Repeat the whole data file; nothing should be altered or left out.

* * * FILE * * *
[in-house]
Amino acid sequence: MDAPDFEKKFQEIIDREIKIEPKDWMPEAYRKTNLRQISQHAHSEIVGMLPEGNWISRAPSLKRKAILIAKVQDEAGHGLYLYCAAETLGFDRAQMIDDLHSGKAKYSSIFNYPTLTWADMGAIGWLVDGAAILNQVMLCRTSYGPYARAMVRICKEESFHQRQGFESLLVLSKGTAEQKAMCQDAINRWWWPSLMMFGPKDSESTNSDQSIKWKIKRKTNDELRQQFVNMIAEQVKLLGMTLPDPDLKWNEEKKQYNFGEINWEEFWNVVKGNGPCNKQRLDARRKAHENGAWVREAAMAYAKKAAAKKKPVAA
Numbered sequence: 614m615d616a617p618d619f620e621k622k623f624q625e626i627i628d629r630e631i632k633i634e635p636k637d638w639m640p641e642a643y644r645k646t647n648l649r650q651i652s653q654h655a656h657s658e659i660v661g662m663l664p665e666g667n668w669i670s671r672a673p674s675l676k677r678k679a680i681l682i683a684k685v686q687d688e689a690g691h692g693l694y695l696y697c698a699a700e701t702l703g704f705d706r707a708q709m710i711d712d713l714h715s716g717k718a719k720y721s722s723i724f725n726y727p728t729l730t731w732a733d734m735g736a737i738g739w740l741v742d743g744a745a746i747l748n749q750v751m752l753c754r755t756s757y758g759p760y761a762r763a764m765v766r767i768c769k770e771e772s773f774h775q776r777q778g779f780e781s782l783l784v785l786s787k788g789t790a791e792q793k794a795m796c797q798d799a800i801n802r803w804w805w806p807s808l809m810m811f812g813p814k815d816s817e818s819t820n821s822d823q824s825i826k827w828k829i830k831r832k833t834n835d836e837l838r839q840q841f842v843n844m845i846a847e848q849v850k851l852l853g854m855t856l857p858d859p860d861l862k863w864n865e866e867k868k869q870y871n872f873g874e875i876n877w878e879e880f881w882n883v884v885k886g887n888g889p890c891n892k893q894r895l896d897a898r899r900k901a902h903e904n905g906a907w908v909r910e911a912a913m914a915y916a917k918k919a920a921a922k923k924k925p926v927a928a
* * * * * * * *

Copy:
[in-house]
Amino acid sequence: MDAPDFEKKFQEIIDREIKIEPKDWMPEAYRKTNLRQISQHAHSEIVGMLPEGNWISRAPSLKRKAILIAKVQDEAGHGLYLYCAAETLGFDRAQMIDDLHSGKAKYSSIFNYPTLTWADMGAIGWLVDGAAILNQVMLCRTSYGPYARAMVRICKEESFHQRQGFESLLVLSKGTAEQKAMCQDAINRWWWPSLMMFGPKDSESTNSDQSIKWKIKRKTNDELRQQFVNMIAEQVKLLGMTLPDPDLKWNEEKKQYNFGEINWEEFWNVVKGNGPCNKQRLDARRKAHENGAWVREAAMAYAKKAAAKKKPVAA
Numbered sequence: 614m615d616a617p618d619f620e621k622k623f624q625e626i627i628d629r630e631i632k633i634e635p636k637d638w639m640p641e642a643y644r645k646t647n648l649r650q651i652s653q654h655a656h657s658e659i660v661g662m663l664p665e666g667n668w669i670s671r672a673p674s675l676k677r678k679a680i681l682i683a684k685v686q687d688e689a690g691h692g693l694y695l696y697c698a699a700e701t702l703g704f705d706r707a708q709m710i711d712d713l714h715s716g717k718a719k720y721s722s723i724f725n726y727p728t729l730t731w732a733d734m735g736a737i738g739w740l741v742d743g744a745a746i747l748n749q750v751m752l753c754r755t756s757y758g759p760y761a762r763a764m765v766r767i768c769k770e771e772s773f774h775q776r777q778g779f780e781s782l783l784v785l786s787k788g789t790a791e792q793k794a795m796c797q798d799a800i801n802r803w804w805w806p807s808l809m810m811f812g813p814k815d816s817e818s819t820n821s822d823q824s825i826k827w828k829i830k831r832k833t834n835d836e837l838r839q840q841f842v843n844m845i846a847e848q849v850k851l852l853g854m855t856l857p858d859p860d861l862k863w864n865e866e867k868k869q870y871n872f873g874e875i876n877w878e879e880f881w882n883v884v885k886g887n888g889p890c891n892k893q894r895l896d897a898r899r900k901a902h903e904n905g906a907w908v909r910e911a912a913m914a915y916a917k918k919a920a921a922k923k924k925p926v927a928a